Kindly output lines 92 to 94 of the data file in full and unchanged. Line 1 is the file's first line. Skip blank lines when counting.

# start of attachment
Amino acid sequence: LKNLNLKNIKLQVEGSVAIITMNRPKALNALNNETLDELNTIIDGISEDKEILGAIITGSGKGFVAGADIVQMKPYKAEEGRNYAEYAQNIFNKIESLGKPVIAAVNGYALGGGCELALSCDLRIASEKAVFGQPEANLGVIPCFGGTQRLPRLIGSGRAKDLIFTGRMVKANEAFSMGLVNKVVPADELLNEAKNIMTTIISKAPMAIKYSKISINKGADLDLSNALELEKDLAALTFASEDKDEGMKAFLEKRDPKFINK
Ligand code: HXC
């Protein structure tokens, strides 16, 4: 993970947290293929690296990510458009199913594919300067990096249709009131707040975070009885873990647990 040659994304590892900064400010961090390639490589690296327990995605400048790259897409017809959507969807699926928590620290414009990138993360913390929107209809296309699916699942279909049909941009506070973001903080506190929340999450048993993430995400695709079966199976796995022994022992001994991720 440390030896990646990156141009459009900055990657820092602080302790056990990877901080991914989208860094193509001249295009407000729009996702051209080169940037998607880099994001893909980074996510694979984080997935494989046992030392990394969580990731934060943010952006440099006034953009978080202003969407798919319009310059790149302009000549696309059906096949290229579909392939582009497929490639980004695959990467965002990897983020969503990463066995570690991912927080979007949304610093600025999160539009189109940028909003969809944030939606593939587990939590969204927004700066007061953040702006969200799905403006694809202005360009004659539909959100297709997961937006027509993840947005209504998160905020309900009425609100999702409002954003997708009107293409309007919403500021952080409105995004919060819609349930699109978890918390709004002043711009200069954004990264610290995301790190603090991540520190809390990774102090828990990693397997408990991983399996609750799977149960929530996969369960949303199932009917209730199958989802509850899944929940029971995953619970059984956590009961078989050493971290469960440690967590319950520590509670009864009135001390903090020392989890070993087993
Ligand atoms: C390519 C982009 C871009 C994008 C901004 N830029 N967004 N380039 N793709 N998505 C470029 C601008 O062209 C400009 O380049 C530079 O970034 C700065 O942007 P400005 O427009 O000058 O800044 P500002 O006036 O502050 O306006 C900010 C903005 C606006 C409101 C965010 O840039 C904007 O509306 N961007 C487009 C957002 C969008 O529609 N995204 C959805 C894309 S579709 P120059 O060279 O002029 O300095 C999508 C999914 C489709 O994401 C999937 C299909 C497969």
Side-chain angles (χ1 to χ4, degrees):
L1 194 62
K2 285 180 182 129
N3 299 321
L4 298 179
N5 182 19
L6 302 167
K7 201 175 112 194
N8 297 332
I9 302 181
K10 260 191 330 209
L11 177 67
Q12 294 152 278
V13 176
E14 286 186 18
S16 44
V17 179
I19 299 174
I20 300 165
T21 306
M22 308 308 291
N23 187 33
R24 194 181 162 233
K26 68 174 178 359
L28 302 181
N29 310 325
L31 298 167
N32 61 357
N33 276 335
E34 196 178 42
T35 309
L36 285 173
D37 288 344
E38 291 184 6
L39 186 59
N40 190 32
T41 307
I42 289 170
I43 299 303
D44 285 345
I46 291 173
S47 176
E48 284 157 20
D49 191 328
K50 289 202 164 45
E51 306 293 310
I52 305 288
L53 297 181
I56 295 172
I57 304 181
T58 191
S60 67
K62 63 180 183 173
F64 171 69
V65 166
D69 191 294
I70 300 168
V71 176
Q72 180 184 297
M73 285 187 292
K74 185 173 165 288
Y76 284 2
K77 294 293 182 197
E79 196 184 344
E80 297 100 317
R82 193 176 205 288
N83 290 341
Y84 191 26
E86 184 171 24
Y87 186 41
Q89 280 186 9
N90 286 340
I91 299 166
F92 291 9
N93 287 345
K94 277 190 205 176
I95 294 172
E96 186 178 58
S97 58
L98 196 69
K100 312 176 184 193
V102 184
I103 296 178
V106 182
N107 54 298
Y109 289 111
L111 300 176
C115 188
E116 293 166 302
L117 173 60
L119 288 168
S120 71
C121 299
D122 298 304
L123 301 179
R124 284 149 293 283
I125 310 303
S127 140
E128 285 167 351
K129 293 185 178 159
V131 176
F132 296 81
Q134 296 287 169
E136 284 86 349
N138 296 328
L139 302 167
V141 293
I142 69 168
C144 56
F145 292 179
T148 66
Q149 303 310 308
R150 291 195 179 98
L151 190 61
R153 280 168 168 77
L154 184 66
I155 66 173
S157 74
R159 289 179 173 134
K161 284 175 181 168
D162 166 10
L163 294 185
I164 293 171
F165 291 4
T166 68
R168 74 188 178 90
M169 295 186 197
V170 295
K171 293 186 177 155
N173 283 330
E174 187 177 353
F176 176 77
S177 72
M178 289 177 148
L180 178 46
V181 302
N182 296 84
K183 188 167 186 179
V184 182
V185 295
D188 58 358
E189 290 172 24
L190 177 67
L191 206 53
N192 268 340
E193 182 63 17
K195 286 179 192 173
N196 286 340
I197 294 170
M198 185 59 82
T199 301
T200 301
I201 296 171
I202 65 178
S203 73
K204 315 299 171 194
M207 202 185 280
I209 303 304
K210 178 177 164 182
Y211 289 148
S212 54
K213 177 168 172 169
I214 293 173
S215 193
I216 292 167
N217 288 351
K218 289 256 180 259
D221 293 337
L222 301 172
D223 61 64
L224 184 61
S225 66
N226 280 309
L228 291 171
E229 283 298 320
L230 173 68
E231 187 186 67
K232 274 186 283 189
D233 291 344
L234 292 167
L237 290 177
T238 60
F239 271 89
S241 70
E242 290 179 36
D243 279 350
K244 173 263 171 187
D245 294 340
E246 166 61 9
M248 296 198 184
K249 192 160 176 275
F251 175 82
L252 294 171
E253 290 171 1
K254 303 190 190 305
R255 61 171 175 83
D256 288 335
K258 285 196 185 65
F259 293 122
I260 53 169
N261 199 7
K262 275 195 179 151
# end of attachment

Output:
C115 188
E116 293 166 302
L117 173 60